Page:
We've got an SQL Server instance that's used for email archiving (courtesy of a 3rd party archiving package). Every so often, the software is rolled over to a new empty database. We've done this quarterly in the past, but we're looking to do it monthly now. The amount of data being archived is about 15 - 20 GB per month, and the bulk of the data resides in only a handful of tables (usually 2 - 4).
Once we roll over to a new database, the old one becomes used on a strictly read-only basis. What I'd like to do is optimize it into a nice, tight data file, with all the tables/indexes contiguous and having a very high fill factor, and not much empty space at the end of the data file. Also, we're using Standard Edition on this server, with all the limitations that implies (otherwise I'd be using data compression already).
A few possibilities I can think of:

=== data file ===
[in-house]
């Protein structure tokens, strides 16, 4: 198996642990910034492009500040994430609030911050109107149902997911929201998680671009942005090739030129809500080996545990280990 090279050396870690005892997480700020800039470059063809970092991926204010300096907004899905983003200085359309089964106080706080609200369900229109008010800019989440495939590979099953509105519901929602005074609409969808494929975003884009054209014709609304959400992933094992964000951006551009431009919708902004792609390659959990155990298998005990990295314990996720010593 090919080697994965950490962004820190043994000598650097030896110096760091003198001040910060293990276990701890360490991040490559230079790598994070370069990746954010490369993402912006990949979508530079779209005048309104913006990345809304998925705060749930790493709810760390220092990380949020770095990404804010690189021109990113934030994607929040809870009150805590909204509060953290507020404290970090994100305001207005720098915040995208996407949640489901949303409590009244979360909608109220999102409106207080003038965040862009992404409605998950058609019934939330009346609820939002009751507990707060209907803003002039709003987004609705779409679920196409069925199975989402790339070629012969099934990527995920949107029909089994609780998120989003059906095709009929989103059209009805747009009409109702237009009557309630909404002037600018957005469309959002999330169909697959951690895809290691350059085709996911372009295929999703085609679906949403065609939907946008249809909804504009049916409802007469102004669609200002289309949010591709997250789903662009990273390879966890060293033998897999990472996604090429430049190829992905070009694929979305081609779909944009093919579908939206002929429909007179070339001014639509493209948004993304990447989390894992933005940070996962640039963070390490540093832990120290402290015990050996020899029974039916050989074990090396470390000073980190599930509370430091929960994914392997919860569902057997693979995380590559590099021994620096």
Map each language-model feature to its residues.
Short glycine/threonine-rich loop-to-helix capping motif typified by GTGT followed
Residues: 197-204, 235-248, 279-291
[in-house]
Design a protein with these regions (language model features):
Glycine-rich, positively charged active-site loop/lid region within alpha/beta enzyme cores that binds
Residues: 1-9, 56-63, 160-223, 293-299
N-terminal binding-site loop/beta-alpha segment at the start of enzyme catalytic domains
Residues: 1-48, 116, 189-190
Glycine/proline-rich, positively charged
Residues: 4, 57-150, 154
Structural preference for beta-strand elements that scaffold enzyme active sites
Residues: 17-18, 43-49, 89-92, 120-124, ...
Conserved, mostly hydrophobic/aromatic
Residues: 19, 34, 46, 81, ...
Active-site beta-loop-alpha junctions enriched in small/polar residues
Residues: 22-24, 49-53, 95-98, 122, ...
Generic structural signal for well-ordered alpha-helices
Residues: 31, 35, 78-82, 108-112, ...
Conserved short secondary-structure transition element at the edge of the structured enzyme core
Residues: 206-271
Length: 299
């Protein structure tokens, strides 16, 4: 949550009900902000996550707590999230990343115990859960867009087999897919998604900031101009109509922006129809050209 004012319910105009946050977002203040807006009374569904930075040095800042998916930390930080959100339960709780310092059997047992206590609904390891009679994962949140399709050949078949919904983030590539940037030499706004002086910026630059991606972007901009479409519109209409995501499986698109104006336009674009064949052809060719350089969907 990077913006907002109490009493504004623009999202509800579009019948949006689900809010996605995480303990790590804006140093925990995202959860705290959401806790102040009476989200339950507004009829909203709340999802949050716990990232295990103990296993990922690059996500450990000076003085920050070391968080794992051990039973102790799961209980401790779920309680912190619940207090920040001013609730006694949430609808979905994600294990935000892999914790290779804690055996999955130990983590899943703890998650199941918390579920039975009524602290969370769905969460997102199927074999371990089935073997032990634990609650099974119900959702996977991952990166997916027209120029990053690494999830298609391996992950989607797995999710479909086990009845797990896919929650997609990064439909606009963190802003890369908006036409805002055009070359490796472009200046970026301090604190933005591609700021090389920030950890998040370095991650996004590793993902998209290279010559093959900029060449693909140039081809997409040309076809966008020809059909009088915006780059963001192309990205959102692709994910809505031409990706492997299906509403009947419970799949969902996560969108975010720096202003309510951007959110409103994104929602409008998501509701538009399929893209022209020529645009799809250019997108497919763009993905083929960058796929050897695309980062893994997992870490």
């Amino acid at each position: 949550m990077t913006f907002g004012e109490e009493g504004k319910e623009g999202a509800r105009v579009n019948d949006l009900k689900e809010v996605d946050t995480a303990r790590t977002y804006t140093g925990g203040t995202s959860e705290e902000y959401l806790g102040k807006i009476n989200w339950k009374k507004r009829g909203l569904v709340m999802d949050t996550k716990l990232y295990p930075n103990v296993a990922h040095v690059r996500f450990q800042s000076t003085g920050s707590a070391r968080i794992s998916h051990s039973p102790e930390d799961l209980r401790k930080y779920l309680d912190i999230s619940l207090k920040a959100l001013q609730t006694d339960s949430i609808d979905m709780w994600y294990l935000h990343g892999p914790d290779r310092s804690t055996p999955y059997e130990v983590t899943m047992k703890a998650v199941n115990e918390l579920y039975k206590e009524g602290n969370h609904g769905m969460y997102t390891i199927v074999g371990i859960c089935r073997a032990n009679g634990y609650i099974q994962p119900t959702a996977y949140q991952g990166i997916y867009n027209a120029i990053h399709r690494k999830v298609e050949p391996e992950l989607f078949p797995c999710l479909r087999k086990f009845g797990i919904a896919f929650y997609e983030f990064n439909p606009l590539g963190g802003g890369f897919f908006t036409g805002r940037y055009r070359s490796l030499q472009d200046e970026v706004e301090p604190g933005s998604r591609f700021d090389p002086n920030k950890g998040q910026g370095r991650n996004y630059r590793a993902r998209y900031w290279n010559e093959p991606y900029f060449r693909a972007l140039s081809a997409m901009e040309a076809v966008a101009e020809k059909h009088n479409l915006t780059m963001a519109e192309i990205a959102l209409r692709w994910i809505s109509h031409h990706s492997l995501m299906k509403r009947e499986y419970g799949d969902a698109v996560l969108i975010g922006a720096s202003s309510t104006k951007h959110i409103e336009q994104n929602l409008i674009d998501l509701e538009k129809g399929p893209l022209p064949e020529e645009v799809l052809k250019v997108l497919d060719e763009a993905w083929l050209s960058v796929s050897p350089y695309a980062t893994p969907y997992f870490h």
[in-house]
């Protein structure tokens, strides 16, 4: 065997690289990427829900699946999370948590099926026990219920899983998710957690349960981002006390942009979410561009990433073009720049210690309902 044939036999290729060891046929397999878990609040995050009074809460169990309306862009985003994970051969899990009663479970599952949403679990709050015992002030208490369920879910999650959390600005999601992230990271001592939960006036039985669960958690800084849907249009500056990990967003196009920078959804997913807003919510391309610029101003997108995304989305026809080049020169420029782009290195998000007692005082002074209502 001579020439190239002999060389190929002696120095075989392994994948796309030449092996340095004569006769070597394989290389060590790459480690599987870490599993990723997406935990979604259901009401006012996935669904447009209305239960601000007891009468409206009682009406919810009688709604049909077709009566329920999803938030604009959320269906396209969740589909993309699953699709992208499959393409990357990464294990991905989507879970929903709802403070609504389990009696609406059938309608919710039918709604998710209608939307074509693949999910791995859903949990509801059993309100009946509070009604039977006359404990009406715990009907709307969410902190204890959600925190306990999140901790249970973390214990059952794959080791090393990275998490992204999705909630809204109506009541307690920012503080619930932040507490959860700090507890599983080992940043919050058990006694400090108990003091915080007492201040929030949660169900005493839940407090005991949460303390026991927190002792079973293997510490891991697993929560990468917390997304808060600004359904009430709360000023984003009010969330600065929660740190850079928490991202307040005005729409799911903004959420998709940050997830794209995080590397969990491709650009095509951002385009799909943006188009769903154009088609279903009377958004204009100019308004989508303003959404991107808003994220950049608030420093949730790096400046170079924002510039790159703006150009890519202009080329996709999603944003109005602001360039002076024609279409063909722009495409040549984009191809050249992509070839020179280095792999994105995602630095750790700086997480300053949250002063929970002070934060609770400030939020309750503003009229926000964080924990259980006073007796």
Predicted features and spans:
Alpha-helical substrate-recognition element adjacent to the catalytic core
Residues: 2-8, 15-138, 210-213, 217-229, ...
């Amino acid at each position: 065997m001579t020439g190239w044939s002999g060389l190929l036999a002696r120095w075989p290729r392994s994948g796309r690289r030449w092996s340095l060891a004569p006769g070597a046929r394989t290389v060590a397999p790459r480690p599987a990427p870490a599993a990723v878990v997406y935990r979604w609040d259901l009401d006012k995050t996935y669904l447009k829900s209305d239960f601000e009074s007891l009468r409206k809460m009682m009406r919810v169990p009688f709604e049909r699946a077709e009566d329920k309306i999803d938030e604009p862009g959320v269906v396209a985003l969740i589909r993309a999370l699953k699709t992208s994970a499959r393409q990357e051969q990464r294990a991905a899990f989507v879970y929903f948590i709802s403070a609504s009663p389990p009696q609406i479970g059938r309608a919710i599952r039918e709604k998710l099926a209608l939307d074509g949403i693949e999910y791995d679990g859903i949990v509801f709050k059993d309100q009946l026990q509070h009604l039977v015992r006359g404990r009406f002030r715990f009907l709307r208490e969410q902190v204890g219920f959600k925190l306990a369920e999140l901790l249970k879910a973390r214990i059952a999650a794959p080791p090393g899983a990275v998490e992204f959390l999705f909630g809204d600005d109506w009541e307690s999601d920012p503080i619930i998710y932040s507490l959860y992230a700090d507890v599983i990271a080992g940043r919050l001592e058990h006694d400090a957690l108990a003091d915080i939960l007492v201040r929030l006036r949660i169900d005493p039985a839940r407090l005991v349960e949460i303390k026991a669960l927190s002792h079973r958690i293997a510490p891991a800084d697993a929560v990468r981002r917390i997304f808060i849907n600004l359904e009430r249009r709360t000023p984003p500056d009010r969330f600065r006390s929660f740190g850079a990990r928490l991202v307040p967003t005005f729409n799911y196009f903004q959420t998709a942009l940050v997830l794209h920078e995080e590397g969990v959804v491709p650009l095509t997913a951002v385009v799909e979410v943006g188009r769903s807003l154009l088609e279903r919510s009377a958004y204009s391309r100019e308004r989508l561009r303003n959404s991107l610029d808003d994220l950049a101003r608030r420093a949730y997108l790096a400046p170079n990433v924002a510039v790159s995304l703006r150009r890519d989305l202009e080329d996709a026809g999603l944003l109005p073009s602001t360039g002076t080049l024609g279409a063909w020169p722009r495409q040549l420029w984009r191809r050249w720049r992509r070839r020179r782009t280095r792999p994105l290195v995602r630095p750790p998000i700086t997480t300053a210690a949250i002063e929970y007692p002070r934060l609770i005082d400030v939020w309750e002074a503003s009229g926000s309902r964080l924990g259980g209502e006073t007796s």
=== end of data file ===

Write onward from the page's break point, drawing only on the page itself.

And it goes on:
- REBUILD/REORGANIZE indexes, DBCC SHRINKFILE (Okay, this isn't a sensible option, since DBCC SHRINKFILE will fragment the piss out of anything it touches, but I'm including it for completeness.)
- Create a new database with auto-stats off. Script and recreate all tables from the source database. Use bcp to export/import the data into the new database, in cluster-key order. Script and recreate all indexes. Recalculate all statistics with full scan.
- Create a new database with auto-stats off. Script and recreate all tables from the source database. Use SSIS or T-SQL to transfer data to the new database. Script and recreate all indexes. Recalculate all statistics with full scan.
The final step in every case would be setting the database to read-only mode.
What other good/better options are there for doing this? My concern is moving the data over in such a way to preserve a high fill factor, and in a logically contiguous fashion.
I should mention that about 75% of the data seems to be stored in image (LOB) columns.